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why are some marijuana seeds do much priceier

The seed certification “is vital to the long-term growth of the industry,” said Duane Sinning of the department that oversees the state’s 400 or so hemp growers.

Seed scarcity is cited as a major roadblock to the use of hemp becoming more widespread. Seed prices can start at $25 a pound and go up to more than a dollar for an individual seed.

Hemp production was authorized by Congress in 2014. But farmers who want to grow it must have state certification to raise the crop. The industry estimates that fewer than 7,000 acres of hemp are being grown nationwide this year.

The Colorado Department of Agriculture has been working for years to produce hemp seeds that consistently produce plants low enough in the chemical THC to qualify as hemp and not its intoxicating cousin, marijuana.

DENVER (AP) ” Colorado notched another nationwide first Wednesday involving cannabis when state agriculture officials showed off the first certified domestic hemp seeds.

Legalising marijuana has also opened up a whole new industry for the Canadian economy.

Meanwhile, the illegal price has dropped from C$6.51 to C$5.93.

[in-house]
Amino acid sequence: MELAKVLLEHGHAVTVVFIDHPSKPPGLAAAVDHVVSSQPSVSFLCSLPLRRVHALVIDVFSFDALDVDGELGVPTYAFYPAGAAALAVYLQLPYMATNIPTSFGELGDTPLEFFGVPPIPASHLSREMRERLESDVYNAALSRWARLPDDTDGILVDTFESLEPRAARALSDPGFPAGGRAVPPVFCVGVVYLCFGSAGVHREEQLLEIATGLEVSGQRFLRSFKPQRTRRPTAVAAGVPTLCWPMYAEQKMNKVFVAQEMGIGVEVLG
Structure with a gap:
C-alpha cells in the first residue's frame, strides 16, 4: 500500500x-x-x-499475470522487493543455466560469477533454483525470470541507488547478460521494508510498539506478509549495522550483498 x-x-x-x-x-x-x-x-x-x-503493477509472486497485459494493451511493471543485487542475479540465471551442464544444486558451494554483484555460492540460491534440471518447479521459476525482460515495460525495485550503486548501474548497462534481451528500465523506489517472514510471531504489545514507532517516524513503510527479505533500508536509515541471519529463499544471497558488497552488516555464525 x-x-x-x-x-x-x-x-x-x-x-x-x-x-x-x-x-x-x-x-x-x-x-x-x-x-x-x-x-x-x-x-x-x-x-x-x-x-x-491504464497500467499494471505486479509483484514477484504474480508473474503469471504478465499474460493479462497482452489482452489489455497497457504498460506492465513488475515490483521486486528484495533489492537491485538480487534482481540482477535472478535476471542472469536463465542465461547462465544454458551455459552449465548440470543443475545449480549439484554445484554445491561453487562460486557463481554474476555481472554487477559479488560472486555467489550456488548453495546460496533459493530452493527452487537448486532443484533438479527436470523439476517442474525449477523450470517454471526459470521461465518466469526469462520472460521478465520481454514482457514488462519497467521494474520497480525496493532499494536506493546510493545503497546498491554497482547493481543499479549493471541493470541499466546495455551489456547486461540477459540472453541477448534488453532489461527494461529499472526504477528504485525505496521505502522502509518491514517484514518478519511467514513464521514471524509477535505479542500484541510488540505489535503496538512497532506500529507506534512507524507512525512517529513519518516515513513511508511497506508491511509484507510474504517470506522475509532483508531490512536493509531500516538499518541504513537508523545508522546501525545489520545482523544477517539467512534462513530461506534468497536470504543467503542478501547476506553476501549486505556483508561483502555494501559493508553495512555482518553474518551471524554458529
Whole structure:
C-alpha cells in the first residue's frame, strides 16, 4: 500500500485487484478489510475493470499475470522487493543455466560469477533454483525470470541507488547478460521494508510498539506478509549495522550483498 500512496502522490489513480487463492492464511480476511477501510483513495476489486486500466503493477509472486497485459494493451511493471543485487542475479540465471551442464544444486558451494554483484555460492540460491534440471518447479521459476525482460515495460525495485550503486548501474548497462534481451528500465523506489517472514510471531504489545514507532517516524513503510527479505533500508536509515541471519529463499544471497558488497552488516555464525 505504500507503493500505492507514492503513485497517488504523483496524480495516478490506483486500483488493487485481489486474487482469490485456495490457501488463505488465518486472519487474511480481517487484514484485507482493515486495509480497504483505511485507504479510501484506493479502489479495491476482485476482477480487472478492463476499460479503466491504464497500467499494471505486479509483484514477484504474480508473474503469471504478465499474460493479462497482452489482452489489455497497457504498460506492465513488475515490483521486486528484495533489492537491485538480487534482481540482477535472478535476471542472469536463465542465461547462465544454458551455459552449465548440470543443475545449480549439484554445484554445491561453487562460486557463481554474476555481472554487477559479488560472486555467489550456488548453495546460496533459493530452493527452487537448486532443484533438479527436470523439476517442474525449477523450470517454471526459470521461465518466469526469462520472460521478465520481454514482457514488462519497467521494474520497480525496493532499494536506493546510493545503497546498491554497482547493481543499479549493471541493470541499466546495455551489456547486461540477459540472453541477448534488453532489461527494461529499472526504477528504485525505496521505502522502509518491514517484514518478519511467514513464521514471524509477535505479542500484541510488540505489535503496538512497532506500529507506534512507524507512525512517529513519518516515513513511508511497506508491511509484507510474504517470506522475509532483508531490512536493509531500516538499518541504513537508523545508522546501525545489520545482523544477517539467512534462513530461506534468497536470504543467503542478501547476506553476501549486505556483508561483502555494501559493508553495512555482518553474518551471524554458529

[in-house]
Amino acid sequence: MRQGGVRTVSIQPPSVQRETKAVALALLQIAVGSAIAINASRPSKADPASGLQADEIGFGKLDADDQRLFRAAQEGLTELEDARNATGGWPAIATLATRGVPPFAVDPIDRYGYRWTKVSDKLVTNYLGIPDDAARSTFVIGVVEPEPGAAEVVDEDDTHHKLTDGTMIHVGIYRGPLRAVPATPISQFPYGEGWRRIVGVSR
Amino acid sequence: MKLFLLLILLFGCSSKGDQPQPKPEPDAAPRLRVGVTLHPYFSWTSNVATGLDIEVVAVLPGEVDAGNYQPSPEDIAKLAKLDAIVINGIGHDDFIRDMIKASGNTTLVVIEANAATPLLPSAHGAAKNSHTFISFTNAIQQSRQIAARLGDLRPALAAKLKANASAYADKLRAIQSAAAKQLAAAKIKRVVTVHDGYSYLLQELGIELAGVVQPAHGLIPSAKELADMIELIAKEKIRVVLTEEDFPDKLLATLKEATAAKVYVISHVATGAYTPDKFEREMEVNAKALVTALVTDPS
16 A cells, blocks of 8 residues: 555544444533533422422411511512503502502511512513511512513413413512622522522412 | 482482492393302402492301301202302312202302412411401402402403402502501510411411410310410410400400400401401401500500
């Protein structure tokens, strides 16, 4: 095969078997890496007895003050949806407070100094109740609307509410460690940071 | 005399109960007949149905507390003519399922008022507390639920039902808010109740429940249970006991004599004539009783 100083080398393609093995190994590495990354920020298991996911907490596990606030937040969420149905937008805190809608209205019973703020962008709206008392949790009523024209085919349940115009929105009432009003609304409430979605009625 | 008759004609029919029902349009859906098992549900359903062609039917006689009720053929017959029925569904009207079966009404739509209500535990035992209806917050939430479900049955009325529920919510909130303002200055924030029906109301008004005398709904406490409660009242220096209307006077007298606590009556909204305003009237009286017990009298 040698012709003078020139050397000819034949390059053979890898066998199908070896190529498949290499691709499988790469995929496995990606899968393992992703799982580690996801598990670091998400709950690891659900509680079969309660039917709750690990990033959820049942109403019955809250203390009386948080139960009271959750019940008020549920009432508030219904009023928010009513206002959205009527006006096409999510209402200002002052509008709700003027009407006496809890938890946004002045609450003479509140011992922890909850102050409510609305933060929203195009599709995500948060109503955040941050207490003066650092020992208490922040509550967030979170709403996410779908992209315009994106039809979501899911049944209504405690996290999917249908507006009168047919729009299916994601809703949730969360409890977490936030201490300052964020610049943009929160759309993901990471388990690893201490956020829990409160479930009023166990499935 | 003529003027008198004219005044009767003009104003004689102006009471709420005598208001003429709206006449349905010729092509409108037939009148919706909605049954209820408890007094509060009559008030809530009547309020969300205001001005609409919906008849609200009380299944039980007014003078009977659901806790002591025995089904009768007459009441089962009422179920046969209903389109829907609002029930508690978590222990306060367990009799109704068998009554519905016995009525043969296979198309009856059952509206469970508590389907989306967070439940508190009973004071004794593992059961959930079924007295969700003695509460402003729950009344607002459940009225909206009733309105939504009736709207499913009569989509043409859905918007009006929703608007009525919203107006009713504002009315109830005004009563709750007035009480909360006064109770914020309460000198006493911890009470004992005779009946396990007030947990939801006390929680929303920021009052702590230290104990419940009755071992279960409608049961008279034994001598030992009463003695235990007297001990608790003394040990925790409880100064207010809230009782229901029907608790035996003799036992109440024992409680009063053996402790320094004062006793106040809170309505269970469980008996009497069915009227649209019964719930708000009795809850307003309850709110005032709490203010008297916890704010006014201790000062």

Legal cannabis is also far more expensive.

Black market still thriving

"I don't think Canadians fully understand the magnitude of this change. We didn't just make something quickly available – it took 25 years of hard work to get legalisation ," he says.

When cannabis became legal on 17 October 2018, there wasn't enough supply to meet the demand.

"I had this epiphany that this is going to be a commodity just like any other commodity," he told the BBC.

This business model has given Mr Rubin an interesting vantage point of how the market has unfolded.

“(But) the price of it is ridiculous,” she said, echoing a complaint shared by nearly two dozen current and former patients who spoke to the Pioneer Press.

The impact of that decision is not lost on former Republican state Sen. Branden Petersen, who co-authored the Senate bill. He voted against the compromise.


Paul Johnson shows a cannabis flower in St. Paul Friday, Feb. 22, 2019. He can't afford the the $1,400 worth of medical cannabis he needed to treat his pain, so he buys marijuana on the street. (Jean Pieri / Pioneer Press)

Patti McArdell plays with her cat, Zelda, in her St. Paul home on Feb. 26, 2019. “I really truly believe it saved my life,” said McArdell. “(But) the price of it is ridiculous.” (Scott Takushi / Pioneer Press)

Smoking cannabis is part of Paul Johnson's daily routine for pain relief from a genetic nerve disorder where 27 tumors are impinging on his spine. "If it wasn't for this, I'd be dead," he said in St. Paul on Friday, Feb. 22, 2019. (Jean Pieri / Pioneer Press)